Barrowland. Glasgow. 2l Aug. it’s a privilege to be here inside your funhouse, Mr Pop. You make us all feel like guests at your passing-out party. You pull in the walls of this ballroom till it'sjust a tiny club, and we‘re dodging the flecks of perspiration you send out when you spin, swivel, contort your frame, toss your head. lggy’s in pretty good shape for a man who’s debauched himself to the brink of feasibility. With his eagle eyes and his bendy limbs, he's the very model of New ‘Troglodyte‘ Action Man. And he's intent on sharing his physique with his public. Witness that exposed torso. that breastplate of taut muscle. Gasp as he reaches for his flies. Grin as you think, ‘dirty old man, what a caution, get away with him, put it away you old croc,’ etc. Giggle as the jeans fall to his ankles. Wonder how many other thousands of punters have beheld his royal blue briefs.

This man lives for a stage. The thrill of being elevated those few feet above the proletariat sends him into a frenzy of suggestive posturing and tensile gymnastics. His band vacate the stage and still he pirouettes and pogos with no accompaniment but the goading of the crowd and the delirium in his head. He’s twice the age of most of his audience. That‘s some thought.

in all the excitement we hardly notice what a canine’s repast he and his band are making of ‘l Wanna Be Your Dog’. it’s an ill-defined mush of o grunge metal. Likewise ‘Loose‘, robbed of its revpower. But ‘Search and Destroy’ is exhilarating. First, it makes a precise incision, then threatens to go bowling out of control.

lt‘s mainly a crowdpleasing set with only a few newies, covers of ‘China Girl’ (delivered in a baritone as smooth as cough syrup) and ‘Louie Louie’ (hmmm . . .) and compulsories like ‘The Passenger‘ which swings, and ‘Lust For Life' which jerks. An unambitious but unashamed stonking Stoogefest. (Fiona Shepherd)

um:- Crust never sleeps

Joe Lampard tackles life on the road with Back To The Planet.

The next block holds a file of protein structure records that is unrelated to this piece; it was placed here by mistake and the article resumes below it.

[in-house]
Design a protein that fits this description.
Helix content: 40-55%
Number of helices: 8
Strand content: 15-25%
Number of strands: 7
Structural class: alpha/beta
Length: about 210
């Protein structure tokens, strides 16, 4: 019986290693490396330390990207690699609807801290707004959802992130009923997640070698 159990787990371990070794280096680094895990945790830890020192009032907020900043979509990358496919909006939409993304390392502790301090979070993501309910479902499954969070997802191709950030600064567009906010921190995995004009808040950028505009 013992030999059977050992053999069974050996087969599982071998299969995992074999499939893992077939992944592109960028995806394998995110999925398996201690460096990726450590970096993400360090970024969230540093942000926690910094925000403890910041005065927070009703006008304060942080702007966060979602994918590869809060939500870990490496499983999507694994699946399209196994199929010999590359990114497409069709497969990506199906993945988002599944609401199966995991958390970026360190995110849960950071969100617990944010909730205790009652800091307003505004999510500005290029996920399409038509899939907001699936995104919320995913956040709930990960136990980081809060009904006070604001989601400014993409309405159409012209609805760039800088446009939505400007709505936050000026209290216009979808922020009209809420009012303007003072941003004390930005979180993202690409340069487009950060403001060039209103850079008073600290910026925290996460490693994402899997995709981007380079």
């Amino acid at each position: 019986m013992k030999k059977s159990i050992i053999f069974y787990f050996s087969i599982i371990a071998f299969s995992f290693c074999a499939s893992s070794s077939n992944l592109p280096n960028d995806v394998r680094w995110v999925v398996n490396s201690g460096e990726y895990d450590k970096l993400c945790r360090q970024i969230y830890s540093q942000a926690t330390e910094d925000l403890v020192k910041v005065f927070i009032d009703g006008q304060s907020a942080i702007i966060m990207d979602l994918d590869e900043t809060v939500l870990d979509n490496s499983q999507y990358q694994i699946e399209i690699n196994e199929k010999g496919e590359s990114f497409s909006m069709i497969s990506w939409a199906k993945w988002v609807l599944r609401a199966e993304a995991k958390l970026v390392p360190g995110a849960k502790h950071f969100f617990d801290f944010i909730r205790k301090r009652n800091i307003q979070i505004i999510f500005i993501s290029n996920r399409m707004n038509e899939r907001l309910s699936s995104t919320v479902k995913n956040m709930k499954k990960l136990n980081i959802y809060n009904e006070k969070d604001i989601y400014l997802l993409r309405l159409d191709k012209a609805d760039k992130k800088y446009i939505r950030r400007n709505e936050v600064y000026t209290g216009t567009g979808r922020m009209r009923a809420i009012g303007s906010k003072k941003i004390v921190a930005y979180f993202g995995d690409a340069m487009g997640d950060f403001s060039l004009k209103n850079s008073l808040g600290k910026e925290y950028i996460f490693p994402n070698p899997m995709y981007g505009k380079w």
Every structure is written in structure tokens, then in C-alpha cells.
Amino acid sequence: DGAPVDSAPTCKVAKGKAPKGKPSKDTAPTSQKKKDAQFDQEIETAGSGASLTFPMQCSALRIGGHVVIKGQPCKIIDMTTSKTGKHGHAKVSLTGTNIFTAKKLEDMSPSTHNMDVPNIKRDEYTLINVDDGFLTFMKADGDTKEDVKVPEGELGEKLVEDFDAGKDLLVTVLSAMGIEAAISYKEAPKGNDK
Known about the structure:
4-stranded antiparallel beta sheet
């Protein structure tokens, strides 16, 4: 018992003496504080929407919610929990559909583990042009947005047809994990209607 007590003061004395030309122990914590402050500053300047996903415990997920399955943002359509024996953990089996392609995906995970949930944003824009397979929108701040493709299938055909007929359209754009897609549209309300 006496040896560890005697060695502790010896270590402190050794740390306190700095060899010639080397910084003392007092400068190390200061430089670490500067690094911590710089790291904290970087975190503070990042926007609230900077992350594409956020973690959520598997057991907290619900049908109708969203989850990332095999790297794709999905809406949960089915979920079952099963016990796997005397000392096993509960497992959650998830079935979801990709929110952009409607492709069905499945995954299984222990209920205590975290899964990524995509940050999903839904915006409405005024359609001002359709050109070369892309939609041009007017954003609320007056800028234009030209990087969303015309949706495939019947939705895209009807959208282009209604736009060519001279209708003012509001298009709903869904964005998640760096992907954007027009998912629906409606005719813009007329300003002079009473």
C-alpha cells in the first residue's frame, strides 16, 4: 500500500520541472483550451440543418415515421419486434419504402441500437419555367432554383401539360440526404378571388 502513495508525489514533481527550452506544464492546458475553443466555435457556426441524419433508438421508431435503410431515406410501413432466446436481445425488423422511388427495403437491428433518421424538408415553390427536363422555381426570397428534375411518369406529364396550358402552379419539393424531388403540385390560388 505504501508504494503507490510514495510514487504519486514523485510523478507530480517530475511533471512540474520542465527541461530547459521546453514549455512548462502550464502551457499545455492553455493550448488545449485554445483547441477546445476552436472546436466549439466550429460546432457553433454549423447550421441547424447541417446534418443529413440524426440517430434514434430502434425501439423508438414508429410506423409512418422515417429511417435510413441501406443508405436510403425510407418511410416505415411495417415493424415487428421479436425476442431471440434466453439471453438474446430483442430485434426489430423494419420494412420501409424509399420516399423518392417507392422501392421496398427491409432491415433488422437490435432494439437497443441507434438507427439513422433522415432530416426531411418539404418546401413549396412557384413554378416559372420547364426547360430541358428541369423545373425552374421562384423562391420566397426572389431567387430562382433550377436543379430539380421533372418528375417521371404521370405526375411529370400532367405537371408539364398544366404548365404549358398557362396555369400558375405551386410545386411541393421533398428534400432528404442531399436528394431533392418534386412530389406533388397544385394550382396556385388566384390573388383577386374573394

Squat pop, space reggae, punk dub, coo-friendly, ska dance monsters labels which have been hoisted onto music press flagpoles in order to categorise and describe the sound of culture-crossing New Agers Back To The Planet.

BTTP describe their music simply as ‘conscious dance music’. a sound they’ve been cultivating for the past few years around the festival/gig circuit and in the process gaining a massive roots following with the squat/traveller culture in the South. That culture is starting to splinter a bit says drummer Henry. ‘lt’s not quite so strong now it’s getting more segregated and split up. There are smaller groups going round doing smaller things. Before, the groups used to accumulate their energy and get big things together; like when we started in the scene a few years ago it was a lot stronger, it seemed to be easier to get bands going then.’

What with new government laws being passed in an attempt to quash the rights of travellers and squatters, combined with the recent disaster that was the Phoenix Festival, are we witnessing the death throes of Britain’s long-established festival scene? Not at all, says Henry. ‘The Phoenix was ten'ible, what with all the riots and shit that went down, but that had an awful lot to do with place. it was basically like a big car park - once you were inside, that was it, the security of the place was so tight and restrictive, and there was absolutely nothing else to do. At Reading or Glastonbury, there are loads of other things going down and always plenty to do.